Orlando had playoff ambitions and believed it had a team capable of competing. Injuries certainly halted that progress and kept the team from perhaps competing for more as several players believed in postseason comments.
There is still no denying the failures that occurred this season and the roster that was built up that caused those failures.
Weltman had few resources to add to his roster. But the few resources he used did not return much.
Al-Farouq Aminu was his most high-profile signing. While injuries kept him from playing very much, the Magic ultimately got nothing for him in two seasons before moving him on to his next team (he picked up his player option for the third year of that contract).
Orlando struggled to shoot and were one of the worst shooting teams in the league. They are still a team lacking shooting. And that is undoubtedly a skill that he neglected in building the team up despite that obvious need and the obvious direction the league was heading.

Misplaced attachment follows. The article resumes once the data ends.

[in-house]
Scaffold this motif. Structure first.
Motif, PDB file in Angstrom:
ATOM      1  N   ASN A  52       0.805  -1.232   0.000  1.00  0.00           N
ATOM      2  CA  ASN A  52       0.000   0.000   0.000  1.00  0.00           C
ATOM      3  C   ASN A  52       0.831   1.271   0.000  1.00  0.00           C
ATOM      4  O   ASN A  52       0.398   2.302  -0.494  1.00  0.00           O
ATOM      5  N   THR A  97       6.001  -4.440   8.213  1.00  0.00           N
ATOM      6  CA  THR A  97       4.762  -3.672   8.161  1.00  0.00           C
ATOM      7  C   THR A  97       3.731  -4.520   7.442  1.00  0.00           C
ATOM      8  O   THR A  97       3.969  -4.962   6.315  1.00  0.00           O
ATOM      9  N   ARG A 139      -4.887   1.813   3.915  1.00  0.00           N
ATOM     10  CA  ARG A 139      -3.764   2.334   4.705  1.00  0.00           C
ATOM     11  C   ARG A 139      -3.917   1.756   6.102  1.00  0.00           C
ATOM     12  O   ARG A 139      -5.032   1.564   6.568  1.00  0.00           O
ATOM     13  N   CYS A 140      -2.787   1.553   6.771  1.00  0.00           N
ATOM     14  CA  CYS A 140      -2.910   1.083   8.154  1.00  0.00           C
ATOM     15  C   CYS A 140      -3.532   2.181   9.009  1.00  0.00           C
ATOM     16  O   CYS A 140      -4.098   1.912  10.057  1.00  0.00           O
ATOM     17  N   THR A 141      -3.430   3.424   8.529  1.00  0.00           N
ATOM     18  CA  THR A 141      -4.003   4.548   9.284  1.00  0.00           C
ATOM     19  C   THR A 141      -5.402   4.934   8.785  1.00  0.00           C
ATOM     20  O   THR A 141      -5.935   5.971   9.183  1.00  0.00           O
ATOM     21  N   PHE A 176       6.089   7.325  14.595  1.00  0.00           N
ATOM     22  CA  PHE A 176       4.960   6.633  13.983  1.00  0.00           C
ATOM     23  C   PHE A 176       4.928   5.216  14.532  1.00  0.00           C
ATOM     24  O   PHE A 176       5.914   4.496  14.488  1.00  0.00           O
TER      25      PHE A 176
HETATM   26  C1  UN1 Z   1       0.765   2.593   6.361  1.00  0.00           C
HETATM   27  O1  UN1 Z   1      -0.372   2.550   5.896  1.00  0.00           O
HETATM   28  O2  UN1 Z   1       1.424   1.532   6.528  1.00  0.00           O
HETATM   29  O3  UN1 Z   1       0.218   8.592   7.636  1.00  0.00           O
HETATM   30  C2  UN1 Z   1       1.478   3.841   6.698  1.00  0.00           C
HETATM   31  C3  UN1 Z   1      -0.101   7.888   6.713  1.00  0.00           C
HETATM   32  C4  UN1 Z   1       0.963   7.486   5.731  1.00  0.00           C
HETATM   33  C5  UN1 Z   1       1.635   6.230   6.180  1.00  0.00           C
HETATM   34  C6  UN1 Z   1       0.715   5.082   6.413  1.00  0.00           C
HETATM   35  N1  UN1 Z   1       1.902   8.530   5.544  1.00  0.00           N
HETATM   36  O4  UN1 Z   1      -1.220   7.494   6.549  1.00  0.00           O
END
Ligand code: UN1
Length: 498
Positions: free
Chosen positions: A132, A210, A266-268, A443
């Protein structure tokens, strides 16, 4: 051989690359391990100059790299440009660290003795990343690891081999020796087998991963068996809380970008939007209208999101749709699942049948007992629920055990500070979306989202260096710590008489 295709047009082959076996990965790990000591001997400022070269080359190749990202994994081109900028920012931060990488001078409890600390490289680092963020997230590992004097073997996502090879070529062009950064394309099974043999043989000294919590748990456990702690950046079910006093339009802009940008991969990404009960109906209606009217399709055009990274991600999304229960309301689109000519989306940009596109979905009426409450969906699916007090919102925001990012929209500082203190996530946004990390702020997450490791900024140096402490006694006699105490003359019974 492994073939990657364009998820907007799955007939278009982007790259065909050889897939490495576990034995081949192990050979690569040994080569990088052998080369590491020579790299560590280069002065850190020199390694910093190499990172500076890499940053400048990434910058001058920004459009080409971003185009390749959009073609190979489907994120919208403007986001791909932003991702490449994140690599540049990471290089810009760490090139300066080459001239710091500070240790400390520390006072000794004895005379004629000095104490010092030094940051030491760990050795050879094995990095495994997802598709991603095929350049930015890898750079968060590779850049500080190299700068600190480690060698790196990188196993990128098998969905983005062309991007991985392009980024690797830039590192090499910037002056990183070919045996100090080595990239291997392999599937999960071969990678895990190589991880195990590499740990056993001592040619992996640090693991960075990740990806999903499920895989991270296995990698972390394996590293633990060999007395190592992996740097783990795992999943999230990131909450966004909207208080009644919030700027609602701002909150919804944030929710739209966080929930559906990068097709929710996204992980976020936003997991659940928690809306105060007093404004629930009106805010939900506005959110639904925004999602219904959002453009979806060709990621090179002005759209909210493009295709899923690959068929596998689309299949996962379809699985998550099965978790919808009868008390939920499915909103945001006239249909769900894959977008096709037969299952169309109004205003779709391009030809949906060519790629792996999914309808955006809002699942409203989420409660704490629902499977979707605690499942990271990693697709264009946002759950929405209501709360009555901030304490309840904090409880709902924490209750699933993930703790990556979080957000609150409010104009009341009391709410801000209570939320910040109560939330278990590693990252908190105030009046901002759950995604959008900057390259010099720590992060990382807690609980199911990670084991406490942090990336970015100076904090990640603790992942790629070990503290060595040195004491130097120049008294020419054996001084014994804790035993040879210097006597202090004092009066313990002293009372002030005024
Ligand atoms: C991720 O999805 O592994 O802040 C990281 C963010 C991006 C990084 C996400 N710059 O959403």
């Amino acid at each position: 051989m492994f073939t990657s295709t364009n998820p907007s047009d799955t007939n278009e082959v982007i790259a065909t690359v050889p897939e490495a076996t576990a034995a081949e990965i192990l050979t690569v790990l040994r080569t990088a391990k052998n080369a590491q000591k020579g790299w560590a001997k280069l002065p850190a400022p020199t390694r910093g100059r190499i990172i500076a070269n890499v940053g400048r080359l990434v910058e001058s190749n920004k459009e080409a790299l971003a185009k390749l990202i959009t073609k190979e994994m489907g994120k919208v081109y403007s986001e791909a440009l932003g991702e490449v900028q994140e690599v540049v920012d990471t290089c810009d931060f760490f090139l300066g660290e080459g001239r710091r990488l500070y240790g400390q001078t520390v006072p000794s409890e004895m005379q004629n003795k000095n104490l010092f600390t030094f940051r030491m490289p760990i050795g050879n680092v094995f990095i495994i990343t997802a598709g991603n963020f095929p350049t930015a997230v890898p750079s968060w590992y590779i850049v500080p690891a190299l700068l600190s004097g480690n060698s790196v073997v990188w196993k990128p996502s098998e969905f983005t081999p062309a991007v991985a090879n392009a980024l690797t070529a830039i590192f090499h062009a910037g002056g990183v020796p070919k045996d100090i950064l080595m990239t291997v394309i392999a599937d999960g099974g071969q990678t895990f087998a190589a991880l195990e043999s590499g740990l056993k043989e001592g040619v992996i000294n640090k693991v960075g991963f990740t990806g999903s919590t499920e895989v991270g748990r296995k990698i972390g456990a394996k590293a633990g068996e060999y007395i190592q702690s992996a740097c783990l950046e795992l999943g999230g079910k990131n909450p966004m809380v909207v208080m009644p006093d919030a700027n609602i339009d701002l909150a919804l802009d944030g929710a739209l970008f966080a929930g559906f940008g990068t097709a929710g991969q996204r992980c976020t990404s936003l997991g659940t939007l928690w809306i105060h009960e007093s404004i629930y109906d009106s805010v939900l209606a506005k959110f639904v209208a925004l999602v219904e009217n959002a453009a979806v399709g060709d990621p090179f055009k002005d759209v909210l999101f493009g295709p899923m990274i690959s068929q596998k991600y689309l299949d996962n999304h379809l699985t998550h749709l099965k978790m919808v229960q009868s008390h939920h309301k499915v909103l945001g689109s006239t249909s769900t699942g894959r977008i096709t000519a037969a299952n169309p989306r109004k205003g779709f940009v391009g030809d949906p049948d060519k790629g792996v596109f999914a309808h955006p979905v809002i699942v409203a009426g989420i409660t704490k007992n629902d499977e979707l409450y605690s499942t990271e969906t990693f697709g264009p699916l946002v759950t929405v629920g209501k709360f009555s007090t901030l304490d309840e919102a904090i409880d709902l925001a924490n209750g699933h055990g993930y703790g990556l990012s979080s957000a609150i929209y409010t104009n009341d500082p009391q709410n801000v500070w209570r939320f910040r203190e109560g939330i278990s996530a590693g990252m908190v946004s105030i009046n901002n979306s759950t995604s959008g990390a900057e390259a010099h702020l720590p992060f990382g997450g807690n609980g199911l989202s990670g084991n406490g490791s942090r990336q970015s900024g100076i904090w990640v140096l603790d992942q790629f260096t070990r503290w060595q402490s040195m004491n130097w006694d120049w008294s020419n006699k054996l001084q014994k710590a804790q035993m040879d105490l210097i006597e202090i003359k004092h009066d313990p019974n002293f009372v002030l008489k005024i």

Weltman’s decision to quickly rebuild got him out of jail and reset the table. But Orlando got to the point where that was necessary partly because of decisions Weltman made. The Magic hit a dead end because of these decisions — along with stagnation from some of the Magic’s key players.
JEFF WELTMANPresident of Basketball Operations, Orlando Magic
Jeff Weltman should get credit for how quickly he was able to shift and knowing it was time to pull the plug — even if there were plenty calling for that decision sooner.
He did a good job building a playoff team from the rubble of the Rob Hennigan era and pressing it as far as it would go. He certainly had other considerations in deciding to stick with the team and it is a fair argument whether it was the right one or not.
But now Weltman has turned the team’s path. Now all the decisions are before him. And critical ones lay ahead of him.
What he did to tear the team down will be less important than what he decides to build it back up. The draft pick the Magic get Tuesday will set things in motion. But so too will his decision on which coach to hire and how he decides to use the cap room he has accumulated — both in the short- and long-term.
Weltman has full ownership and control over where this team goes next. And this year will be his most important with the Magic as the team gets set to restart.